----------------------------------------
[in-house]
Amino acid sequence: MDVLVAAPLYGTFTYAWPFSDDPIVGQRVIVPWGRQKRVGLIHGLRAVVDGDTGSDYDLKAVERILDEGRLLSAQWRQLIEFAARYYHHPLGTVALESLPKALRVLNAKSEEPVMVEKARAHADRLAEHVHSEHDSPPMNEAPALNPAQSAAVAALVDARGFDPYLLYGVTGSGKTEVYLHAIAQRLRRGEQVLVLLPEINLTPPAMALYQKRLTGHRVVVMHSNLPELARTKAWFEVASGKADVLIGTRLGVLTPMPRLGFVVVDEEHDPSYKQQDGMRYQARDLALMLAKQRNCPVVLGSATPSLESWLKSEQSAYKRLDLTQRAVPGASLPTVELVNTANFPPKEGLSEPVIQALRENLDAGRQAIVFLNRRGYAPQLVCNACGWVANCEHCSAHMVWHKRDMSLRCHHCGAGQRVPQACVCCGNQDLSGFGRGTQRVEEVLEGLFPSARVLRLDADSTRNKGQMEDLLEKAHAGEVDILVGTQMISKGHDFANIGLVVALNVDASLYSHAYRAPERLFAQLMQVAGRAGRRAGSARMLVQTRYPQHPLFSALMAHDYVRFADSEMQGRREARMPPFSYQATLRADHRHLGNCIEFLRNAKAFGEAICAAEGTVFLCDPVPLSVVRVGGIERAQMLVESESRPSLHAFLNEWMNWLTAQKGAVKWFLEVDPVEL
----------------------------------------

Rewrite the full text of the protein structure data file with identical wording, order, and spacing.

[in-house]
Amino acid sequence: MDVLVAAPLYGTFTYAWPFSDDPIVGQRVIVPWGRQKRVGLIHGLRAVVDGDTGSDYDLKAVERILDEGRLLSAQWRQLIEFAARYYHHPLGTVALESLPKALRVLNAKSEEPVMVEKARAHADRLAEHVHSEHDSPPMNEAPALNPAQSAAVAALVDARGFDPYLLYGVTGSGKTEVYLHAIAQRLRRGEQVLVLLPEINLTPPAMALYQKRLTGHRVVVMHSNLPELARTKAWFEVASGKADVLIGTRLGVLTPMPRLGFVVVDEEHDPSYKQQDGMRYQARDLALMLAKQRNCPVVLGSATPSLESWLKSEQSAYKRLDLTQRAVPGASLPTVELVNTANFPPKEGLSEPVIQALRENLDAGRQAIVFLNRRGYAPQLVCNACGWVANCEHCSAHMVWHKRDMSLRCHHCGAGQRVPQACVCCGNQDLSGFGRGTQRVEEVLEGLFPSARVLRLDADSTRNKGQMEDLLEKAHAGEVDILVGTQMISKGHDFANIGLVVALNVDASLYSHAYRAPERLFAQLMQVAGRAGRRAGSARMLVQTRYPQHPLFSALMAHDYVRFADSEMQGRREARMPPFSYQATLRADHRHLGNCIEFLRNAKAFGEAICAAEGTVFLCDPVPLSVVRVGGIERAQMLVESESRPSLHAFLNEWMNWLTAQKGAVKWFLEVDPVEL